A guide to modern records management challenges
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Many practitioners agree that traditional records management has failed to meet the challenges of the digital era. With its principles born in a paper-based, manually driven age, records management has struggled to move into the realm of true information governance. While records management has created a secure, centralized repository for documents with an audit trail, tracking and workflows, it needs to broaden its scope to incorporate new content formats, and be more readily accessible, more searchable and easier to use.
If problems with the platforms weren't enough, new challenges have swept in to compound the already difficult transition. An explosion of information from new sources and formats, mobility and the consumerization of IT -- as well as cloud computing-- have put additional pressure on records management to step into the modern era.
Nick Inglis, founder of LeftGen, partner at Optismo and AIIM speaker, sat down with SearchContentManagement to talk about how records management can evolve into information governance and retention management. He also gave a preview of some of what he will discuss in his session, Governance in the Midst of Chaos, at the AIIM 2014 conference.
Trends like cloud, social and mobile have changed the requirements of enterprise content management (ECM) software, as well as users' expectations. It's no longer just about storing content in a repository; it's a different way of interacting with information. How have these developments brought new challenges to records and information management?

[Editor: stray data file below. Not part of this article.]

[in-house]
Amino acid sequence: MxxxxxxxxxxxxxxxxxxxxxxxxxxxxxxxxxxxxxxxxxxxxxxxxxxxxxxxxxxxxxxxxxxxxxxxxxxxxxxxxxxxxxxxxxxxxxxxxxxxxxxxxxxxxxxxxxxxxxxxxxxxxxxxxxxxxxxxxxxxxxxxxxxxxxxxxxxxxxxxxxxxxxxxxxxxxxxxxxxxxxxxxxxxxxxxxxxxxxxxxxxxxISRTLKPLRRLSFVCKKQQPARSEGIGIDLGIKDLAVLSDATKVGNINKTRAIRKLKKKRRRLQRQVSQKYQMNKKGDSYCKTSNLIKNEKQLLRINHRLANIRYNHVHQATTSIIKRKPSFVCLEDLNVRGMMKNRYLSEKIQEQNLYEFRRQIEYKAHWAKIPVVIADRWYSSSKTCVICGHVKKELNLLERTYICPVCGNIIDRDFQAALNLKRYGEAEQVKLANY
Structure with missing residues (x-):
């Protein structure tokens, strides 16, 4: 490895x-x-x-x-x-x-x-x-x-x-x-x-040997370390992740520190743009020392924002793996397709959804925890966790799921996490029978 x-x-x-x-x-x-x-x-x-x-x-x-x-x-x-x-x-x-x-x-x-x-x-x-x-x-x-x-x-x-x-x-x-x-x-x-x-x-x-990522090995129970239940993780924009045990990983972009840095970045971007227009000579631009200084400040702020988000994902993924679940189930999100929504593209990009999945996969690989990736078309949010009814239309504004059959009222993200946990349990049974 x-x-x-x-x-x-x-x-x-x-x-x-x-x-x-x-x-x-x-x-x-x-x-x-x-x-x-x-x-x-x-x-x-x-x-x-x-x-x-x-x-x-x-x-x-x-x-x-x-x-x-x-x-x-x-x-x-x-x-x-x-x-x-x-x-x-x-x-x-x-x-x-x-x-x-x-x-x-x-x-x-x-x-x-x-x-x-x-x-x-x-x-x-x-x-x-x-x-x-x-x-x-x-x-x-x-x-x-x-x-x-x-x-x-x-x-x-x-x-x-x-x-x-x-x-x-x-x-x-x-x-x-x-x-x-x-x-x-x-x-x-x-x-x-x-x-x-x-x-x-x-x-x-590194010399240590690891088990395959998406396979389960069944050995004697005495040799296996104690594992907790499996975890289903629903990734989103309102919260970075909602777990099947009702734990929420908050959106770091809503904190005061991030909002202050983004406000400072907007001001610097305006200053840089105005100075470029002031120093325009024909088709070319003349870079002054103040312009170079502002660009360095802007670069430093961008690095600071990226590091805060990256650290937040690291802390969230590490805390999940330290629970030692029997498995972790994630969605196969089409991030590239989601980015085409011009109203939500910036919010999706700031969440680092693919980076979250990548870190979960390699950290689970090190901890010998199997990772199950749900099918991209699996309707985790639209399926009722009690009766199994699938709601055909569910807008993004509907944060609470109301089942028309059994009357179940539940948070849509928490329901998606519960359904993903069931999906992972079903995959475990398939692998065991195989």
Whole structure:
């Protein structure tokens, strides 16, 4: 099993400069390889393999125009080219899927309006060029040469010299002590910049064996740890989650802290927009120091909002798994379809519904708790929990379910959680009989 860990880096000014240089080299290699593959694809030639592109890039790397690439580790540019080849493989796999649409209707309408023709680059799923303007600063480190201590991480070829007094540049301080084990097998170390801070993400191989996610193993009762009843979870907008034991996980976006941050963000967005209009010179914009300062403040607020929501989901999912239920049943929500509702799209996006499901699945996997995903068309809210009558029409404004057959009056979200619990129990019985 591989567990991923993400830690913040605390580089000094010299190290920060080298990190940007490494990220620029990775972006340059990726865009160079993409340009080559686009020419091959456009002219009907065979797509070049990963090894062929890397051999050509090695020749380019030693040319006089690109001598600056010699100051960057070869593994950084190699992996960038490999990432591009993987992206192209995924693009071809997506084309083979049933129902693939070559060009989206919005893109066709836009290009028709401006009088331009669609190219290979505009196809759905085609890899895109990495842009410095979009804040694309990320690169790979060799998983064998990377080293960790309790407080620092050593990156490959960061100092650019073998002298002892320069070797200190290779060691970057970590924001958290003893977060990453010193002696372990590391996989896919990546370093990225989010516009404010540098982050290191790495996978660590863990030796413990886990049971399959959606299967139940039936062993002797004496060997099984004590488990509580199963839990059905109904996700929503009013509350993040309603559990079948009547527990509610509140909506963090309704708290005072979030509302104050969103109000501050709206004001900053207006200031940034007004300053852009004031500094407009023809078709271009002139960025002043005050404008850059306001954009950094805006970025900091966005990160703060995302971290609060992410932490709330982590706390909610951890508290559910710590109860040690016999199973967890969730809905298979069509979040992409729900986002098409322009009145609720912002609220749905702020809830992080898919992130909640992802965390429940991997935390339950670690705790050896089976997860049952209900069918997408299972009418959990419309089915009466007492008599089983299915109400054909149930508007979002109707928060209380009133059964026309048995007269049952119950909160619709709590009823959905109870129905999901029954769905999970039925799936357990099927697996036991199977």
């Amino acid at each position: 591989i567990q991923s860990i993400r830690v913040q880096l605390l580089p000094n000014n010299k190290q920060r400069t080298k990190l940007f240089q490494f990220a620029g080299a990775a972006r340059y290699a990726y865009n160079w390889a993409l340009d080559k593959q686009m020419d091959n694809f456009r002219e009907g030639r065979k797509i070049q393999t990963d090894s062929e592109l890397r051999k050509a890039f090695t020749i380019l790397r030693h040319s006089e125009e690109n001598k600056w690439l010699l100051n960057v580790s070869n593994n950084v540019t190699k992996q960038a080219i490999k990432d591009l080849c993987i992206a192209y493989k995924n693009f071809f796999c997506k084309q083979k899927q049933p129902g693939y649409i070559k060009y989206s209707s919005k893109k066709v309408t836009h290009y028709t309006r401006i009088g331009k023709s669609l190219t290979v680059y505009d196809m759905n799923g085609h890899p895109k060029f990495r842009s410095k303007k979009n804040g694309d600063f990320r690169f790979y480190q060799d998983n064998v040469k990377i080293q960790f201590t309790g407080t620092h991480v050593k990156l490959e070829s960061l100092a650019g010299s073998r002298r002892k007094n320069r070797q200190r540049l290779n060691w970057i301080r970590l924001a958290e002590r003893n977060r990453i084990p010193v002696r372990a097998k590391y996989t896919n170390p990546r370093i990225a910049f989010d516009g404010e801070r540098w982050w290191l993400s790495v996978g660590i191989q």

Nick Inglis: One of the themes for me at AIIM, and the sentence you will hear me repeat is, 'The records management experiment has failed,' because of all these trends converging at the same time. Because of the sheer volume that we're being charged to manage, records management and its core tenets are no longer working.
Why has the traditional mandate failed?
Inglis: Back in the simpler days, we would get a piece of mail and we would look at the content. If it was something we wanted to retain, we could declare it as a record, put it in a folder, and put it in a file cabinet.
We have kept that same model going for the past 80, 90 years, except that we moved it into a digital format. At this point, that model in itself is no longer sustainable because of the volume of information. And, we have now delegated operations to our users. So we say, 'Mr. Employee, you decide what's a record and what's not.'
And now we have gotten to the point where we are great at disposing of paper records in our records management system. Chances are there is another copy of that on the employee's laptop, desktop, mobile device, their cell phone. So we're disposing of things, but we're not disposing of things from the enterprise. We're not reducing risk for the organization, we're not ensuring compliance -- we're not doing anything if the information still resides in the organization, despite disposing of [records] from the records management system.
We need to move the model. If we had the chance to start over, what would this look like? It wouldn't look like records management. It would look more like retention management.
What do you mean by retention management?
Inglis: Instead of the core of our focus being declaring information as records, look at the core of our function in reducing risk and ensuring compliance as classifying all information within the organization, and then applying retention around that classification. We had in records management the big buckets, if you will. Instead of applying that to the narrow focus of records, we need to apply across all organizational information.